The GDPR allows for EU member states to make some derogations (changes to how the data privacy law will be enforced) and as we get closer to the May 28 date of initial enforcement these changes are becoming clearer. Let’s look at some of the member states to see what they’re doing.
Not surprisingly, the French have made it clear that their national data law will apply for French data subjects. Mostly this means French data subjects can appeal to the CNIL (the French data protection authority) for any infringements of their rights, even if the controller is outside France. This is something to be aware of if your company processes any data belonging to French data subjects. France has also indicated its intention to apply additional limitations on the use of biometric data such as prior authorisation from the CNIL.
The Spanish AEPD has issued a statement to local administrations, stressing the need for them to show clear reports on the purposes and legal basis for processing personal data as well as to allow data subjects to clearly exercise their rights. It also states that a risk analysis needs to be undertaken with regard to processing personal data. If the AEPD requires this of local administrations, you can be sure businesses will need to have all this tied down too.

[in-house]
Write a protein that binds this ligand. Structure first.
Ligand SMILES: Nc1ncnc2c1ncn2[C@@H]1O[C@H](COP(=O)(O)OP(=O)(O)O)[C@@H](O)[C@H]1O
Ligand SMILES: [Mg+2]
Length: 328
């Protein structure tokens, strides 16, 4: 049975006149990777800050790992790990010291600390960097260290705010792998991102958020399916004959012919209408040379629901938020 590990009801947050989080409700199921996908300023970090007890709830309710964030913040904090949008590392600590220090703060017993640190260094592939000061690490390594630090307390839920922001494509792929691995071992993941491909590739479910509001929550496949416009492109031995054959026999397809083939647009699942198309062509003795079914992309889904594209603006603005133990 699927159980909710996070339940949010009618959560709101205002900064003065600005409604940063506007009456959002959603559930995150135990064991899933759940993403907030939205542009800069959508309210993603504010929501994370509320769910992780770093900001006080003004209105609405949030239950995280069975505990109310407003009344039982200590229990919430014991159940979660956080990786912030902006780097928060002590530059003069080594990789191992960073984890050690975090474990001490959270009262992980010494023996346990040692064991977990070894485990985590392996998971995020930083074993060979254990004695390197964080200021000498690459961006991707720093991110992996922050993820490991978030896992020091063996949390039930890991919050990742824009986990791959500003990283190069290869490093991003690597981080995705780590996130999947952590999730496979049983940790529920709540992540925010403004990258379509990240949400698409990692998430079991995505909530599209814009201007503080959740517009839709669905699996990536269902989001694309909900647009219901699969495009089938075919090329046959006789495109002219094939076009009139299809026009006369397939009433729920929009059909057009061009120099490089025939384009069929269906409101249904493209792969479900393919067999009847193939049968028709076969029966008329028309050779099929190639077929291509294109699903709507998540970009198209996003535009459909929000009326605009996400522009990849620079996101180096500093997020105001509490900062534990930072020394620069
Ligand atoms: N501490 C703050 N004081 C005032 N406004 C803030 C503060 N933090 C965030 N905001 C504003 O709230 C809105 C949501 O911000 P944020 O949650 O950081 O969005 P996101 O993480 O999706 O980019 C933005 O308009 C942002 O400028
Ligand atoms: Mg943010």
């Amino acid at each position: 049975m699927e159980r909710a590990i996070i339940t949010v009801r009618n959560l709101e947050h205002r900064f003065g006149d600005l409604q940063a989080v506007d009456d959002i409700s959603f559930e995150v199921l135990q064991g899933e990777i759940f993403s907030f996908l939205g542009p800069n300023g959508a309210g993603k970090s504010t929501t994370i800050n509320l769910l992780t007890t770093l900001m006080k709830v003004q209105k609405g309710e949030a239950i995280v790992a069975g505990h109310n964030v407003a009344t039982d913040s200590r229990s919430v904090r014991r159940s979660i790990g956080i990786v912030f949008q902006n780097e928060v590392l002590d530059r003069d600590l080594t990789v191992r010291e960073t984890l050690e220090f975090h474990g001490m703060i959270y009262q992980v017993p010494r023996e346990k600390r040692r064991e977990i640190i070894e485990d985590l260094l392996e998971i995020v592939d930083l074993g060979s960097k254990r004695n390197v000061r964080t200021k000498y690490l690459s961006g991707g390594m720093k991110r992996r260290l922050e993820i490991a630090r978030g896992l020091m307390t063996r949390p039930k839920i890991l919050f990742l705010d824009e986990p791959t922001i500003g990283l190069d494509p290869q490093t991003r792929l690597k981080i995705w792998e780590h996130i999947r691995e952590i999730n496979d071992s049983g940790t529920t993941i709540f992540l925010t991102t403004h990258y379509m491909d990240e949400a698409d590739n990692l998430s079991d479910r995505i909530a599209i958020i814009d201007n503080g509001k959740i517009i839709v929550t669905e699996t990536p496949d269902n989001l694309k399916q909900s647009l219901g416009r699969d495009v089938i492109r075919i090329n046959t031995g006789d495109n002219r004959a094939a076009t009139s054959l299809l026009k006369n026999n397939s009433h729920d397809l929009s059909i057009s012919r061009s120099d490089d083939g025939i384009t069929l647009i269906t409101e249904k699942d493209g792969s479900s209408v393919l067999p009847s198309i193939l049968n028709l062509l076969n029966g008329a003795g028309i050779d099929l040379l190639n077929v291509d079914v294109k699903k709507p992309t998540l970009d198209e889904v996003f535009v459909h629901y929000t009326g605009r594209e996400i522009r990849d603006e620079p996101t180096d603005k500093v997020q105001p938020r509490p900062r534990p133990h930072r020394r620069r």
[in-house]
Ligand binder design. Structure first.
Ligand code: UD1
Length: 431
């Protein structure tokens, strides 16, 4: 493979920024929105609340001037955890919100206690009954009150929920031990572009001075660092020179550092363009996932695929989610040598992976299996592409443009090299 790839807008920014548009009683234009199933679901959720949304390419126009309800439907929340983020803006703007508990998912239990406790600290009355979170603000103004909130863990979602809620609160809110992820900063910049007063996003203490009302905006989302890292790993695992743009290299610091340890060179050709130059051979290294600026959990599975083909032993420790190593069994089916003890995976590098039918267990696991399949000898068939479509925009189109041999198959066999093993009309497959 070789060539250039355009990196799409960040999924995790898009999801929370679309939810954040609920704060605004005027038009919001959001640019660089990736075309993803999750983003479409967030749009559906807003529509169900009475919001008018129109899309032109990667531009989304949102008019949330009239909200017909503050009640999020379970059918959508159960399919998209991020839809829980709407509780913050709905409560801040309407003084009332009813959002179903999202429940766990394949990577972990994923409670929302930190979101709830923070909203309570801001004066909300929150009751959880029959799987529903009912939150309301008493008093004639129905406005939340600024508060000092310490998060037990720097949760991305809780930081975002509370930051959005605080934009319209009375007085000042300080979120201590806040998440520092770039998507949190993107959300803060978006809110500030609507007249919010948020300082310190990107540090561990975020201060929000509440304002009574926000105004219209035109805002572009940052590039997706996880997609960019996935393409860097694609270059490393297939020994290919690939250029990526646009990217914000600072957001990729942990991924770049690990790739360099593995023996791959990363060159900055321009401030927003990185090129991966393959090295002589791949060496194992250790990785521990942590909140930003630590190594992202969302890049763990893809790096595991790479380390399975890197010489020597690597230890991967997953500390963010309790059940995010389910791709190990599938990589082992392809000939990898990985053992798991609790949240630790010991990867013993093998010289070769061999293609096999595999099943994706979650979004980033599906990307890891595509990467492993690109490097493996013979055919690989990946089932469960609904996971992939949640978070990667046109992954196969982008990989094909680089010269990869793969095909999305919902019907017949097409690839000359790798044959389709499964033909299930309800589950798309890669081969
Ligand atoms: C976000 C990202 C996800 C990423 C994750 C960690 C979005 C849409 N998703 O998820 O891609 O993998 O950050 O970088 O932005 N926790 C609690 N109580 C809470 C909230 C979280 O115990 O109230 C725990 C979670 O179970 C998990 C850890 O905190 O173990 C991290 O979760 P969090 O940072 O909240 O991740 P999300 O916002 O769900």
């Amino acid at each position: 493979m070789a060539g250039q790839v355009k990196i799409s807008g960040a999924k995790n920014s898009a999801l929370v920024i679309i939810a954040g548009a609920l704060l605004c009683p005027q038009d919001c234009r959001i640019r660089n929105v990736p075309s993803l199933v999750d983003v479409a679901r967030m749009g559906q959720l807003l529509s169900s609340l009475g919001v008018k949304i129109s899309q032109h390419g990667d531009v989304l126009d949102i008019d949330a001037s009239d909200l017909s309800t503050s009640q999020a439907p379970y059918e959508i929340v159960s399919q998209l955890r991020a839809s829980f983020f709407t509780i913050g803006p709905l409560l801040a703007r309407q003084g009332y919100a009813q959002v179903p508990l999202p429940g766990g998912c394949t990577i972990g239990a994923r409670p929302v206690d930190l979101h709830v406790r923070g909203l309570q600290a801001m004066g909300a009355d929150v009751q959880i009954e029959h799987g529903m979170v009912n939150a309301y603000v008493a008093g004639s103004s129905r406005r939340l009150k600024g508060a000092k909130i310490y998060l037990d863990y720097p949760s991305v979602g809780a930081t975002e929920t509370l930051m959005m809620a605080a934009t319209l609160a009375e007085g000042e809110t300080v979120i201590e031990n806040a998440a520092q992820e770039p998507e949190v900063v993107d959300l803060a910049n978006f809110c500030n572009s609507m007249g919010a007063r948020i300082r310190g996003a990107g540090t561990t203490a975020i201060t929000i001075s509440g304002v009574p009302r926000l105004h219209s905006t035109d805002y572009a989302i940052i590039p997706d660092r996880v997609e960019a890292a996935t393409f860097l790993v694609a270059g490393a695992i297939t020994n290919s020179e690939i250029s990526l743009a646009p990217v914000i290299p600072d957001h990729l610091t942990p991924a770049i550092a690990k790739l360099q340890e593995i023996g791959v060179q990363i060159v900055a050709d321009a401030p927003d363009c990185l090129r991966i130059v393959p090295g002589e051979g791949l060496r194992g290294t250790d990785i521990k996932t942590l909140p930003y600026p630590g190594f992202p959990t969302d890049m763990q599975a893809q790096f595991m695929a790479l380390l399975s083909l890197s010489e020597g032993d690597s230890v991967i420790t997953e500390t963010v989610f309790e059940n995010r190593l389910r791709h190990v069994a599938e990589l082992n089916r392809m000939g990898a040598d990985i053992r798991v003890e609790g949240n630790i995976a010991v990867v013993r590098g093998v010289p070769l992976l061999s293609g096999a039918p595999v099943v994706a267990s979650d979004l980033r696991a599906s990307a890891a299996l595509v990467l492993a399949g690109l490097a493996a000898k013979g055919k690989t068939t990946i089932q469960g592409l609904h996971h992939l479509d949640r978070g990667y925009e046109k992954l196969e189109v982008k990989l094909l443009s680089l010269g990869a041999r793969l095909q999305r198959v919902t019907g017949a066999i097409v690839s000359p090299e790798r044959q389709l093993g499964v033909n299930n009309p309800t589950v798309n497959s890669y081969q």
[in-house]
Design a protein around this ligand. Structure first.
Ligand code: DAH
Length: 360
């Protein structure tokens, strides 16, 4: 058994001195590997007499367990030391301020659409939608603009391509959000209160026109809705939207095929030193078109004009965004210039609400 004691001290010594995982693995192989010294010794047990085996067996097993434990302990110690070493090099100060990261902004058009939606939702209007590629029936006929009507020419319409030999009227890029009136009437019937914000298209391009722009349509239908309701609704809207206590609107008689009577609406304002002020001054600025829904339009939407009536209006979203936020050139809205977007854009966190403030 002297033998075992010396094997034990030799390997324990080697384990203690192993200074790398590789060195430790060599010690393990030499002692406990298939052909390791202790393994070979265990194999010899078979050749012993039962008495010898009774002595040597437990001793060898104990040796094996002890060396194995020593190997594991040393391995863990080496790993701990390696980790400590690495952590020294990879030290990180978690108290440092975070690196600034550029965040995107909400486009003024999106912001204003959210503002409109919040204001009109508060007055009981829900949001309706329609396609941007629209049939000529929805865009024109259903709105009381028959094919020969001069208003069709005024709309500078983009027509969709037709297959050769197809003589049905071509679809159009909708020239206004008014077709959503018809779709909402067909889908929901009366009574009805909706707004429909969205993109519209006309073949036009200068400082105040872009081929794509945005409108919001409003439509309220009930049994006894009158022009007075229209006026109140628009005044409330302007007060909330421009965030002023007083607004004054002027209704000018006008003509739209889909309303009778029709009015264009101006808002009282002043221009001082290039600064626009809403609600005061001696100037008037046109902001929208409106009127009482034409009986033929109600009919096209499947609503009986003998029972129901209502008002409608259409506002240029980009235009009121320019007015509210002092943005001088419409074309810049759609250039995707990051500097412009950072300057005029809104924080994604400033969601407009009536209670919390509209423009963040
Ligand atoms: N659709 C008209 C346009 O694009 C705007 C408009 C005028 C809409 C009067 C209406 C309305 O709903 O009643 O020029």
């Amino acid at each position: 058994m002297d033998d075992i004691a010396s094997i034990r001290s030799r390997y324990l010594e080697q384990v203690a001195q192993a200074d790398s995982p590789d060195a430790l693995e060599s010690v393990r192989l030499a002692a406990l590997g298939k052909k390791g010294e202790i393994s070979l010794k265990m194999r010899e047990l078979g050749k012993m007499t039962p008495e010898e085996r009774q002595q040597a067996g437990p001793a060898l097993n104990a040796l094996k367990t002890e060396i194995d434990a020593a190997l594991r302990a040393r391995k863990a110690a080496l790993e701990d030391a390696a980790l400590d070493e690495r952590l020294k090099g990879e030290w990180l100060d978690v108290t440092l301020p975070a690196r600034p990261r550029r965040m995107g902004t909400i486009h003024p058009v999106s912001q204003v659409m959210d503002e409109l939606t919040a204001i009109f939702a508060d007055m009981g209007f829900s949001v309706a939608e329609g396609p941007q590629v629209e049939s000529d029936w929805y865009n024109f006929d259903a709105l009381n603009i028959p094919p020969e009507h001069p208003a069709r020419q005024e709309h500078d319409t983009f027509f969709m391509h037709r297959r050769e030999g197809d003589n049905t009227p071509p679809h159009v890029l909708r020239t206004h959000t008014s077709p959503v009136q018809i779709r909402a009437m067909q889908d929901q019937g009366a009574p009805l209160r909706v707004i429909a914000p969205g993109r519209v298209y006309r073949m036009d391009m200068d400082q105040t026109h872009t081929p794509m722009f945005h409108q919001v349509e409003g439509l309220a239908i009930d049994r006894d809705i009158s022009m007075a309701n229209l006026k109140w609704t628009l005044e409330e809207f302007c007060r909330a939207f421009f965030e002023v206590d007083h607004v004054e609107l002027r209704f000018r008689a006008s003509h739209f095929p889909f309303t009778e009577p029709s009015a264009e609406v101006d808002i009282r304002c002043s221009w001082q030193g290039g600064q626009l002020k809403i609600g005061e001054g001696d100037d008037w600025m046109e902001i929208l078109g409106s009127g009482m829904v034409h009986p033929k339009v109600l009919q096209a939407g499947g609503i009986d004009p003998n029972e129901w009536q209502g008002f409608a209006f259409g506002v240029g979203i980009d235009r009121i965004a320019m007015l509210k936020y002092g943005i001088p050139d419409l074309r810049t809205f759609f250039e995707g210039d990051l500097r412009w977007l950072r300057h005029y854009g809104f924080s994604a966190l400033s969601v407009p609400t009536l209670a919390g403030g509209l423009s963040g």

The German legislator has, under its new German Federal Data Protection Act, made significant derogations from the GDPR relating to the collection and use of employee data, and has also applied more stringent requirements for the appointment of a DPO.
With Brexit postponed, there’s no certainty. For now, companies located in the UK need to comply to the Data Protection Act and the GDPR.
Remember, GDPR compliance will be necessary if you process data on European data subjects regardless of Brexit. Using a solution like GDPR365 will allow you to demonstrate that compliance not only to your own supervisory authority, but to any European supervisory authority. Click on the Register button for a free GDPR compliance demo.>